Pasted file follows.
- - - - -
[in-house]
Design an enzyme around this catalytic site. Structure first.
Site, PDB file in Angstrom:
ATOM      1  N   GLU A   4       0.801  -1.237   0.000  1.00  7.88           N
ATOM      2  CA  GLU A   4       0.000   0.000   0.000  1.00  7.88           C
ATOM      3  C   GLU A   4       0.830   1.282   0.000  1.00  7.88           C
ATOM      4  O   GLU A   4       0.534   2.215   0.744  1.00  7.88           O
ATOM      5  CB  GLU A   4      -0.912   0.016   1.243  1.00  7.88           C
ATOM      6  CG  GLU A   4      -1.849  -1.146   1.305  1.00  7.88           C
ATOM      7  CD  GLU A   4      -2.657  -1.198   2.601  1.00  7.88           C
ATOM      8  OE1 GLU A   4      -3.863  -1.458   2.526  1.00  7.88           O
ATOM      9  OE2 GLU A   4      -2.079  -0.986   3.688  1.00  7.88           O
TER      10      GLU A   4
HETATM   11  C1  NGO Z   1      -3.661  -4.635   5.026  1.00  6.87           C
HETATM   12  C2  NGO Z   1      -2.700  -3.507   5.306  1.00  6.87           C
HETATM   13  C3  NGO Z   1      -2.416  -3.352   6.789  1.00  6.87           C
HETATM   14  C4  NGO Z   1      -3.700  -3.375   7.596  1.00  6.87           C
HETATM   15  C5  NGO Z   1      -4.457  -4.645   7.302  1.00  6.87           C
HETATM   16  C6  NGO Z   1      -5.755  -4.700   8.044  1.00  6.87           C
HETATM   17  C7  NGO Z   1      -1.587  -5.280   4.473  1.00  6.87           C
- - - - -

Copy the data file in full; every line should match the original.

[in-house]
Design an enzyme around this catalytic site. Structure first.
Site, PDB file in Angstrom:
ATOM      1  N   GLU A   4       0.801  -1.237   0.000  1.00  7.88           N
ATOM      2  CA  GLU A   4       0.000   0.000   0.000  1.00  7.88           C
ATOM      3  C   GLU A   4       0.830   1.282   0.000  1.00  7.88           C
ATOM      4  O   GLU A   4       0.534   2.215   0.744  1.00  7.88           O
ATOM      5  CB  GLU A   4      -0.912   0.016   1.243  1.00  7.88           C
ATOM      6  CG  GLU A   4      -1.849  -1.146   1.305  1.00  7.88           C
ATOM      7  CD  GLU A   4      -2.657  -1.198   2.601  1.00  7.88           C
ATOM      8  OE1 GLU A   4      -3.863  -1.458   2.526  1.00  7.88           O
ATOM      9  OE2 GLU A   4      -2.079  -0.986   3.688  1.00  7.88           O
TER      10      GLU A   4
HETATM   11  C1  NGO Z   1      -3.661  -4.635   5.026  1.00  6.87           C
HETATM   12  C2  NGO Z   1      -2.700  -3.507   5.306  1.00  6.87           C
HETATM   13  C3  NGO Z   1      -2.416  -3.352   6.789  1.00  6.87           C
HETATM   14  C4  NGO Z   1      -3.700  -3.375   7.596  1.00  6.87           C
HETATM   15  C5  NGO Z   1      -4.457  -4.645   7.302  1.00  6.87           C
HETATM   16  C6  NGO Z   1      -5.755  -4.700   8.044  1.00  6.87           C
HETATM   17  C7  NGO Z   1      -1.587  -5.280   4.473  1.00  6.87           C